I have, I think, received a telegram from some one in Syracuse relative to the U. S. Attorney. I believe it was quite a long communication, as I recall it, and related to an official of the Department of Justice that was sent over there. I noticed one statement in it that would perhaps bear investigation. The suggestion was that the amount of fines collected were not commensurate with the amount of fees that used to be secured from licensing the sale of intoxicating liquor. That was rather a novel proposition to make. Of course it is not the business of the United States District Attorney to collect as much in fines as used to be secured in fees for licensing the sale of intoxicating liquors, but the communication has gone to the Dept. of Justice for such action as they find is warranted upon investigation.

There was nothing particularly developed in the Cabinet meeting this morning, other than the report from Secretary Hoover, which I presume will be given to the press, relative to our exports and imports. The last month I think they were the largest of any during peace time, and if they were reduced to the same value in dollars and cents it would be – so as to have them the same as would be represented by prices before the war – they showed that our exports and imports are about 50% larger than they were in 1914. Now, no other countries that were engaged in the Great War have been able to make any showing like that, and I think substantially all of them have exports and imports nowhere near what they were before the war; some of them very much less. But those of Great Britain, I think, are just about even. That is larger than what I thought their increase had been. My last investigation I think showed that figure not more than 25%. Now that is not a for a long period, just a short period, but that amount ran about 50% larger when reduced to the same ratio price, which is an encouraging sign of the business activity of the country.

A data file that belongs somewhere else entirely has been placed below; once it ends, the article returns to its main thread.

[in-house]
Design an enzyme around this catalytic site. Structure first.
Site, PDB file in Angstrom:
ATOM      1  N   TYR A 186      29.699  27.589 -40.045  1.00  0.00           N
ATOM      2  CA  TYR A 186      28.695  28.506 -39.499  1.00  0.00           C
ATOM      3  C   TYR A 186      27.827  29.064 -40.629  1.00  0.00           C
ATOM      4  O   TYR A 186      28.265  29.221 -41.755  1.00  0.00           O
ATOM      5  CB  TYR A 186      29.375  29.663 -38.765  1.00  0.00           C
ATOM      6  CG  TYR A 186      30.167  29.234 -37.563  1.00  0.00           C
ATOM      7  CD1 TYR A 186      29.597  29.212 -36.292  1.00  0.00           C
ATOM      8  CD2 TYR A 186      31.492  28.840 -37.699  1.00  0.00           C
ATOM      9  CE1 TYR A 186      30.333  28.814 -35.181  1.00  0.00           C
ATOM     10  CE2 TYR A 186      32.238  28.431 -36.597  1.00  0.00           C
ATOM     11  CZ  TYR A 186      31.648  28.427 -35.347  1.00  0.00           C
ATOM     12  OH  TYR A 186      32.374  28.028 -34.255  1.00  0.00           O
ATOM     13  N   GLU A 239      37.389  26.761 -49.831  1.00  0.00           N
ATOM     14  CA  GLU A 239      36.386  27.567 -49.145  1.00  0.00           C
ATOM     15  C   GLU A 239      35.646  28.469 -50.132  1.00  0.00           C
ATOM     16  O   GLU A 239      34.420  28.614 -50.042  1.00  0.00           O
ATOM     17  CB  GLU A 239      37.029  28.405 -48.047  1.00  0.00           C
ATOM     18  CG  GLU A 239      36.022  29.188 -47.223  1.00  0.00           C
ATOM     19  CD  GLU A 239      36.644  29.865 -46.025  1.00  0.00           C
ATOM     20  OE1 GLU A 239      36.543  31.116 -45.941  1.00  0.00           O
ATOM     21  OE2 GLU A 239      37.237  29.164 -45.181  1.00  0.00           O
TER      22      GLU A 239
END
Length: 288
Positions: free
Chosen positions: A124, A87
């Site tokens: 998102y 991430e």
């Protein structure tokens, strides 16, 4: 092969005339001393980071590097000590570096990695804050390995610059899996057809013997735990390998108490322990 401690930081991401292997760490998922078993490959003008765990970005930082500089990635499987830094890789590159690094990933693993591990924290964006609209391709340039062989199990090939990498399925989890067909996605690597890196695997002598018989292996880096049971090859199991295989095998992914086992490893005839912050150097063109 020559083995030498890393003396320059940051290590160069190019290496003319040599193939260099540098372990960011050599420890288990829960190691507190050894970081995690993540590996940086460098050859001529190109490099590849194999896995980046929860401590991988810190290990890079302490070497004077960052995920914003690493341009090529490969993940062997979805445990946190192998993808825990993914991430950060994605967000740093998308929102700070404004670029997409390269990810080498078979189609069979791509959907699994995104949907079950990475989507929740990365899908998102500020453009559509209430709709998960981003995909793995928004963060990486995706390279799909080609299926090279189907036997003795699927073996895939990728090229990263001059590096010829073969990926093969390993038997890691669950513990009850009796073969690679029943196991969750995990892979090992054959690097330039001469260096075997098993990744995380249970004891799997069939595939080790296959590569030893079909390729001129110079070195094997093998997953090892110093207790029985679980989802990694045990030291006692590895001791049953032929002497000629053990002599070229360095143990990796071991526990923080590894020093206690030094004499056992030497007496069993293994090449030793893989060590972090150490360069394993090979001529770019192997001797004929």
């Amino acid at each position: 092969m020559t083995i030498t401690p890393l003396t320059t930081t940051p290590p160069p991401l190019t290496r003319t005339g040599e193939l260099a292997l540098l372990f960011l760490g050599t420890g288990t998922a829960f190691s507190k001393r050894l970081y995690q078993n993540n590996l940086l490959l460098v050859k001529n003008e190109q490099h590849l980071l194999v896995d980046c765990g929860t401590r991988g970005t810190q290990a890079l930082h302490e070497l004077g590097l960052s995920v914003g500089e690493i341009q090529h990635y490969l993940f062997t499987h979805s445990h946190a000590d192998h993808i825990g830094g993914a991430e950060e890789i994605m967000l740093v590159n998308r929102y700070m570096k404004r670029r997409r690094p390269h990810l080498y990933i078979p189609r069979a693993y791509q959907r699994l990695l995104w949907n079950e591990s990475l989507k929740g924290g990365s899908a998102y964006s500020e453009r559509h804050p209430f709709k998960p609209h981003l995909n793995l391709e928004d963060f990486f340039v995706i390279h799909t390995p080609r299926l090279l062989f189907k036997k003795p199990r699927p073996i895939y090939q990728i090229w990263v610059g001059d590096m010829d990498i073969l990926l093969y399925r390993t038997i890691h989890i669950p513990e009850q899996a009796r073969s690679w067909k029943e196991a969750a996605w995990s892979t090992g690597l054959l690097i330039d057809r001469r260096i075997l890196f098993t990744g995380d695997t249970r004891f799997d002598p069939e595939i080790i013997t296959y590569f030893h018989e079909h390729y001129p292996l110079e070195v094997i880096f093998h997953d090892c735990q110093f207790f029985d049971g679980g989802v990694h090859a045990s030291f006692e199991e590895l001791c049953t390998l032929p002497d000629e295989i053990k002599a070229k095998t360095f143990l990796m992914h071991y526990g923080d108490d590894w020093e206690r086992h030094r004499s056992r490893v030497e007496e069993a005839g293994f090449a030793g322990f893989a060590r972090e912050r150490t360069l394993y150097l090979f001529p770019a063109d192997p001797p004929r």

Thank you.

Citation: Calvin Coolidge: Remarks by the President to Newspaper Correspondents 

The Coolidge Foundation gratefully acknowledges the volunteer efforts of John McLeod who prepared this document for digital publication.